Ridgewalks, as amazing as they can be, are not everyone’s cup of tea, and understandably so. The more well-known ones, such as Crib Goch on Snowdon and Striding Edge on Helvellyn, have seen more than their fair share of mountain rescue call outs. Even the most confident of walkers can freeze up once the wind picks up or the weather turns unexpectedly.
Helvellyn offers some of the very best views of any peak in the Lake District. It’s the third highest peak, pipped only by Sca Fell and Scafell Pike. However, Helvellyn’s location gives the walker a chance at some amazing views across some of the most scenic parts of the World Heritage Site that is the English Lake District. The most direct and popular route up Helvellyn is across Striding Edge, a sometimes intimidating ridge walk which overlooks the Red Tarn lake. To avoid this route, and take in a more accessible path to the top does mean adding distance and time, but it will give you more chance to soak in the spectacular panoramas and less time to constantly look at your footing!
This is a circular route, and there are positives and negatives from going in either direction. Anticlockwise is the way I took on my scouting walk. This gives you the beautiful Grisedale valley to walk down as opposed to up, meaning when you’re tired the hard work is done and all you need to do is plod along a scenic flat walk. Going the other way means a fair amount of descent and perhaps not the most scenic of areas to finish with.
We set off winding through Glenridding and heading up Greenside Road towards the YHA. You won’t be able to see the peak of Helvellyn for a little while as Catstye Cam dominates the initial views. You’ll gain height quickly as you head past the disused mine, note NOT to take the path leading towards Red Tarn, although this gives another
enjoyable route up it will mean walking across Swirral Edge, another ridge walk which is what we’re trying to avoid.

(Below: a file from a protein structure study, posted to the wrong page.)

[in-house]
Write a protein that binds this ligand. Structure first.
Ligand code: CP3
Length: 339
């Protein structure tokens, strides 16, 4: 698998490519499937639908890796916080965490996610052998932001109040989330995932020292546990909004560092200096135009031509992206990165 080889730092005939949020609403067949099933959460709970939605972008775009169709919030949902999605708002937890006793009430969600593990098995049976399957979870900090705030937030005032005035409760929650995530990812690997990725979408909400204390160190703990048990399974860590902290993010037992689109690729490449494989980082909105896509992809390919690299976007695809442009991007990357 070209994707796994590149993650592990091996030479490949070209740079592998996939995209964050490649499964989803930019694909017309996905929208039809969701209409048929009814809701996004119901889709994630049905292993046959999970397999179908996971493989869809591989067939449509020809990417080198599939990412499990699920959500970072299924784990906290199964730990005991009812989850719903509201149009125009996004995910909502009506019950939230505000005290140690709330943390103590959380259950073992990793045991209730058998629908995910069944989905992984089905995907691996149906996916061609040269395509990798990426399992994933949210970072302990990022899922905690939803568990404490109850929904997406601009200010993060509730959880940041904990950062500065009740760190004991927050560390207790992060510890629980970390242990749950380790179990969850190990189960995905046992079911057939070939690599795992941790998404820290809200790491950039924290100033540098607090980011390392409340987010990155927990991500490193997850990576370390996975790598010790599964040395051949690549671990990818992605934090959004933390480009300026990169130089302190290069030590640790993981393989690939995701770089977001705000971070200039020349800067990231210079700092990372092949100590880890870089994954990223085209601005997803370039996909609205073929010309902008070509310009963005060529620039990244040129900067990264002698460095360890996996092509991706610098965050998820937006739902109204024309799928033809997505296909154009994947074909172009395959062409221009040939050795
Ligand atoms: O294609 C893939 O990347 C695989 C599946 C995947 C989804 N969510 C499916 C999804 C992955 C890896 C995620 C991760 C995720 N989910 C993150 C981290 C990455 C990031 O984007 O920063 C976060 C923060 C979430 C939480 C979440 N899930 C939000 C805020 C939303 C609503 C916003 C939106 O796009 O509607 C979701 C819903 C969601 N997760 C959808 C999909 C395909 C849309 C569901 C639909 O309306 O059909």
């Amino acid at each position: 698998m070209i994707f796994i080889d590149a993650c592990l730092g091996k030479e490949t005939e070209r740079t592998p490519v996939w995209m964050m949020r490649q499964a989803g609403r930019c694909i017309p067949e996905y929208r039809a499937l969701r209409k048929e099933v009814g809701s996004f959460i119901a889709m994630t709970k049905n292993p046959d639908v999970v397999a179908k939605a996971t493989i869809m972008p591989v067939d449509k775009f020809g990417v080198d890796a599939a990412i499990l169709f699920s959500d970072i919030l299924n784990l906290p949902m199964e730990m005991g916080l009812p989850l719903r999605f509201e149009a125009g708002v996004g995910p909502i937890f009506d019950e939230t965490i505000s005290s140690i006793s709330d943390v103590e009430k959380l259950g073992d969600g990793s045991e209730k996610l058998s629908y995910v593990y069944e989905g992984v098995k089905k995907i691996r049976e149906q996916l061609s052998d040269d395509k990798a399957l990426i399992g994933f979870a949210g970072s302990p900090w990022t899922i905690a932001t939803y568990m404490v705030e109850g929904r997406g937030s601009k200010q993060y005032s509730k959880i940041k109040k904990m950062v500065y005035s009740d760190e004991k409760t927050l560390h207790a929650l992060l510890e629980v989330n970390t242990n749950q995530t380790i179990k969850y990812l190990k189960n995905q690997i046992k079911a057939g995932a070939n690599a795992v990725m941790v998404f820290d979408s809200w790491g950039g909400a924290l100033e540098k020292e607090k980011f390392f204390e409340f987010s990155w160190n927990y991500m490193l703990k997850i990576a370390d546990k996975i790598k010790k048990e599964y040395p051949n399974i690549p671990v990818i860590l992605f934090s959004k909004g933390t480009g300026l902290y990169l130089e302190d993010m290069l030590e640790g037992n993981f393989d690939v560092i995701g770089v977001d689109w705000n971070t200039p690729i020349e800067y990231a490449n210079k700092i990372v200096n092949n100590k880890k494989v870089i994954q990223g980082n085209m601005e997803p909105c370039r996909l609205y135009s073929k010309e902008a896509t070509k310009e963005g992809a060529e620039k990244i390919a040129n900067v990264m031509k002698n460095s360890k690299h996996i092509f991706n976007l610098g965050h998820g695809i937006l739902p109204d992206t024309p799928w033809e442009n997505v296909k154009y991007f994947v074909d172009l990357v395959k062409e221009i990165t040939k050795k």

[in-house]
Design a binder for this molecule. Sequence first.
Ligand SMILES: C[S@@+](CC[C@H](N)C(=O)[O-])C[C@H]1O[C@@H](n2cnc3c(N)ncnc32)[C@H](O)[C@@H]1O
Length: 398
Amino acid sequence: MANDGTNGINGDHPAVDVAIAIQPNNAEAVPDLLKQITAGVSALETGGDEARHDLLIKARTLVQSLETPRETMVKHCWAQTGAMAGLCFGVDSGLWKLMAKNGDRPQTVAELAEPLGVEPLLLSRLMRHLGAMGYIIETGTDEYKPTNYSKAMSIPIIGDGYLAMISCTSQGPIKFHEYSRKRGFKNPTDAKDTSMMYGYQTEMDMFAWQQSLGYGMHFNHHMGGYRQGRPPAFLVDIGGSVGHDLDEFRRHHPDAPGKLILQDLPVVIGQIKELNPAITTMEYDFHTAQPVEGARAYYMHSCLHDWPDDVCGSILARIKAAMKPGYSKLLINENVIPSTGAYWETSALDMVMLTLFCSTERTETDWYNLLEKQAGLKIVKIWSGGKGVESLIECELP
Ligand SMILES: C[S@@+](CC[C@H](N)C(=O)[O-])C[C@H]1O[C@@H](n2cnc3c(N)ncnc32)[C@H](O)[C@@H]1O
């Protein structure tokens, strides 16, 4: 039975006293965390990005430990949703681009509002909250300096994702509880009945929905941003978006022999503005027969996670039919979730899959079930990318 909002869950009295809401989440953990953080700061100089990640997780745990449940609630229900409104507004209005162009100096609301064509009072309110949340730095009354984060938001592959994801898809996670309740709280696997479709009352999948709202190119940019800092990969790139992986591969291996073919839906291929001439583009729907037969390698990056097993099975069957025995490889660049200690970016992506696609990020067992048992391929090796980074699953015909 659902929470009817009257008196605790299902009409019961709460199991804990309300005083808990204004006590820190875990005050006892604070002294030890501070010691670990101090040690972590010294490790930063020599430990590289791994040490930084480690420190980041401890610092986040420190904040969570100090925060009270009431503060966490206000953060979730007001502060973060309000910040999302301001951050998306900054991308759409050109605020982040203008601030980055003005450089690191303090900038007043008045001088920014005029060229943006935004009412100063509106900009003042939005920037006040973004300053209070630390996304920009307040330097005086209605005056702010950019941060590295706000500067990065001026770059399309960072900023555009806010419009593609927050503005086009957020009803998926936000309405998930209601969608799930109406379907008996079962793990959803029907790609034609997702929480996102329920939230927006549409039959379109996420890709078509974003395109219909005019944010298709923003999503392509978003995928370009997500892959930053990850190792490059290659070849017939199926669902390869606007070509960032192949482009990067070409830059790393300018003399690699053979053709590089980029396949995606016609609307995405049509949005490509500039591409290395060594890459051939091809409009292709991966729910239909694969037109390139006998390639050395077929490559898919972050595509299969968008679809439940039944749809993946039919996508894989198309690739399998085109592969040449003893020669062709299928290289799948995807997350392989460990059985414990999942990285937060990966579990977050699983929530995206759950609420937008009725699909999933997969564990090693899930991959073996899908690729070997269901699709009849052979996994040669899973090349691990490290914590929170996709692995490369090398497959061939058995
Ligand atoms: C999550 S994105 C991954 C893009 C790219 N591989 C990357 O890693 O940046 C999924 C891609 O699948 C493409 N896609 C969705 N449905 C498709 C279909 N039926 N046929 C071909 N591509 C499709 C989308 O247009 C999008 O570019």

Shortly after the mine, you’ll come to a steep zig-zag ascent. This is one of the toughest parts of the day, but it does mean you get a large part of the day’s ascent done and out of the way early in the walk (something I’m always a fan of doing). Slogging it out here brings you around to the views both of Helvellyn’s peak but also back down the valley towards Glenridding and on a good day much further into the distance.
We do have a little more work to do, as we dip down on the approach to Lower Man shortly before we reach the top of Helvellyn. It’s over quite quickly and by now you also start to have the views to the East across Thirlmere Reservoir and beyond to take your mind off of the uphill walk.
Atop Helvellyn, there is a small cross-shaped shelter if conditions are less then ideal. The wall offers some little protection but if conditions are bad you’re best dropping back down into the valley as oppose loitering on the exposed plateau. If the conditions are good however you may find yourself up here for some time, as the views in every direction can be simply beautiful.
When you’re ready to drag yourself away we head off down towards
Nethermost Pike and Dollywaggon Pike. Before going too far though make some time to visit the famous memorial of Charles Gough and his incredibly loyal dog (the story is on the memorial itself). It’s reasonably easy going past Dolloywaggon, however, we do then descend past Grisedale Tarn. This is a long descent but good solid steps all the way down, and a lovely view when the legs call for a break. Again, like the ascent, it gets the hard work out of the way early, as from here we enjoy a slow gradual descent all the way down the gorgeous Grisedale Valley back into Glenridding.
I can absolutely understand why Helvellyn recently got voted the top UK walk. It’s accessible, presents both challenging and easier routes, and offers views like nowhere else in the Lakes. This is just one of a multitude of routes you could decide to take up this mountain, and providing you’ve a head for heights on the ridges I don’t think there’s a bad route amongst them.
Route Name: Helvellyn – Avoiding a ridgewalk
Start / Finish: Postcode for car park (Ullswater Information Centre) – CA11 0PD
Distance: Approx 20km
Time: Allow 5 – 7 hours